He would have been 73 today.
He took his life twenty-five years ago, when I was twenty years old.
I’ve been thinking a lot about mortality lately. The triple-whammy celebrity toll didn’t help any. Ed McMahan, Farrah Fawcett, Michael Jackson.
I used to watch the Tonight Show when I was a kid, dreaming of the day I would sit on the sofa beside Johnny, laughing about the plot of the film I had in theaters at the time. Then Johnny died and so did that dream. Now Ed’s gone and the era is over.
I remember Farrah from Logan’s Run. Gorgeous. I wanted a flashing gem in the middle of my hand just so I could meet her. I was one of those boys who had her poster on the wall, too. Red bathing suit showing just enough up top to keep me up at night. I never did watch Three’s Company, but I sure did watch that poster.
I didn’t think much of Michael Jackson. He was kind-of disco era to me, and I was into Rush, Led Zeppelin, and Van Halen. Now I listen to his music and watch his dance moves and I have to agree with everyone else – the guy was amazing. Why didn’t I notice that before?
Last week I had a coroner-related question for my new novel. It had been about eight months since I last e:mailed the ME I knew at the LA County Coroner’s Office. I sent a note – “Hey, when you took me on that tour last year I thought I saw an X-ray machine. Do ME’s use X-ray machines, and under what circumstances?”
About five minutes later he sent an e:mail describing all the situations in which an X-ray machine would be used in helping to identify a body. I sent him another note a little later and he answered quickly again. Later, in the afternoon, I was driving and I heard his name announced on the radio and then I heard his voice saying, “We won’t have Mr. Jackson’s toxicology reports for another six weeks…” and I realized that he was doing the autopsy on Michael Jackson.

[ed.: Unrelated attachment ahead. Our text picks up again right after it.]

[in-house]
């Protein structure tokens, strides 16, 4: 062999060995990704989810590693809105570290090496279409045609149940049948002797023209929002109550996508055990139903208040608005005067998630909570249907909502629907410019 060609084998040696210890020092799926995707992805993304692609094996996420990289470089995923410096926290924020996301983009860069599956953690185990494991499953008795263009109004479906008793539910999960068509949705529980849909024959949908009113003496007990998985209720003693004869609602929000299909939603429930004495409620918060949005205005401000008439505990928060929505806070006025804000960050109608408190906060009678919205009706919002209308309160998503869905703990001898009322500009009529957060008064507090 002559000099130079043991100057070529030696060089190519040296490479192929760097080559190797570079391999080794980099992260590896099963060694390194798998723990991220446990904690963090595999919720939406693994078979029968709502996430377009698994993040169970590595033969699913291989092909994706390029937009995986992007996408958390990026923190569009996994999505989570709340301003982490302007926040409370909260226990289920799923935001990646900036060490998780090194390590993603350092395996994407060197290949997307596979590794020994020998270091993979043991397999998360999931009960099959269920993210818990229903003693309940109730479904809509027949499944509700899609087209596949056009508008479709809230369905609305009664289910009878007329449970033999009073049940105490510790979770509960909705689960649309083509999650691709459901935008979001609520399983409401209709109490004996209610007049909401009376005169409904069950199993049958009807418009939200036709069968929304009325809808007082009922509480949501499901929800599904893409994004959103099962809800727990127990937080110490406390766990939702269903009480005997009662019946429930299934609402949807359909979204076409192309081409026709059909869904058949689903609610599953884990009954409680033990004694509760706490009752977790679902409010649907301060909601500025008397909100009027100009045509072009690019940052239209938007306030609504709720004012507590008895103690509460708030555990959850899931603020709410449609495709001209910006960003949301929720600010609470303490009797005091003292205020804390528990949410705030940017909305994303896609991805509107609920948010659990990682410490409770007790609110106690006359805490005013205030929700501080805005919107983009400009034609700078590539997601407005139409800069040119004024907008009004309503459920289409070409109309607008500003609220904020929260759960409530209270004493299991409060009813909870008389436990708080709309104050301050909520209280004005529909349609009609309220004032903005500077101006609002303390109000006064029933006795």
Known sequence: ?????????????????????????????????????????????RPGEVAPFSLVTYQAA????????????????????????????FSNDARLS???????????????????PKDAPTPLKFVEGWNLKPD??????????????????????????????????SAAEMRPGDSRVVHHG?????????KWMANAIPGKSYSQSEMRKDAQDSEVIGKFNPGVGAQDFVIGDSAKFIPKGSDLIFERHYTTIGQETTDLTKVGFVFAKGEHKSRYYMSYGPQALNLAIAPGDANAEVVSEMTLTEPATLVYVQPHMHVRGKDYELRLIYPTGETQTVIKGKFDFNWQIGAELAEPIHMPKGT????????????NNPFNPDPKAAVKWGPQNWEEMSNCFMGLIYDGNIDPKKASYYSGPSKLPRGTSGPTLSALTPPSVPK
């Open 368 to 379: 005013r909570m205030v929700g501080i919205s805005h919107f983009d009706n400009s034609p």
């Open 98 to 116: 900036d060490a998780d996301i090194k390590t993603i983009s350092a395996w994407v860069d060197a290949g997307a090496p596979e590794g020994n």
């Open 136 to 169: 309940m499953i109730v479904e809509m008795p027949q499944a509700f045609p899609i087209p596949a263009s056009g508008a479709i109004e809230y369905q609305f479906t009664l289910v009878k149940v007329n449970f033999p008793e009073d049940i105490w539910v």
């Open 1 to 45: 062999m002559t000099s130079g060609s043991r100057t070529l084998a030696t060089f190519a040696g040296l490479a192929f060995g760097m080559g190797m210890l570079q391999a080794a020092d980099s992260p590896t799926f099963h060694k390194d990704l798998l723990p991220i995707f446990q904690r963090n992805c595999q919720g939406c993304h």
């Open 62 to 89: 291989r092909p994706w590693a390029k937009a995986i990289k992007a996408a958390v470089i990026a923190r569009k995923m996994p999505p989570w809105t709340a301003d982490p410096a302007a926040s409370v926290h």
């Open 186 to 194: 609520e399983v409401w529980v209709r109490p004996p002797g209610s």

I e:mailed him the same day he had Michael’s body on the table.
I don’t know, but that kind-of freaked me out. The entire world was mourning Michael Jackson, and I had this strange, direct link to his most personal of personal possessions—his body.
It made me think of his body of work—what he left behind. I think it’s safe to say that Michael Jackson accomplished his great, artistic goals before passing on. He did what he came here to do. I would say that Ed McMahan, Johnny Carson, Farrah Fawcett, George Carlin…they said what they had to say.
It makes me think of mortality. Will I have enough time to say what I have to say? If I died tomorrow would my life have been fully realized? One novel, a couple short films, a few short stories, a bunch of unproduced screenplays, a documentary for the Discovery Channel. I think that about covers it.
But there are other things, too. A beautiful wife and two incredible boys. I’d rather have those two boys than the ten novels I didn’t write these past ten years. I know it doesn’t have to be one or the other, but I could have made a lot of headway with the career if I hadn’t been the sole breadwinner, responsible for the lives of four. However, I have a lot of single friends who managed to get a lot of good work done, but they don’t have children to sit with in the park, collecting potato bugs.
Stephen Sondheim’s musical “Sunday in the Park with George” makes it pretty clear for me—the most important things we leave behind are children and art.
And so I think again about my father. He took his own life. He would have been seventy-three today. What did he leave behind? The daughter-in-law he would never meet. The grandchildren who would never hold his hand.
He was a doctor and that was his art. After he died I was given the opportunity to take things from his walk-in closet. His wife permitted me that. I asked for one thing only. His medical bag. I saw her gasp at the thought—of course, it really was the essence of the man. One little black bag said it all.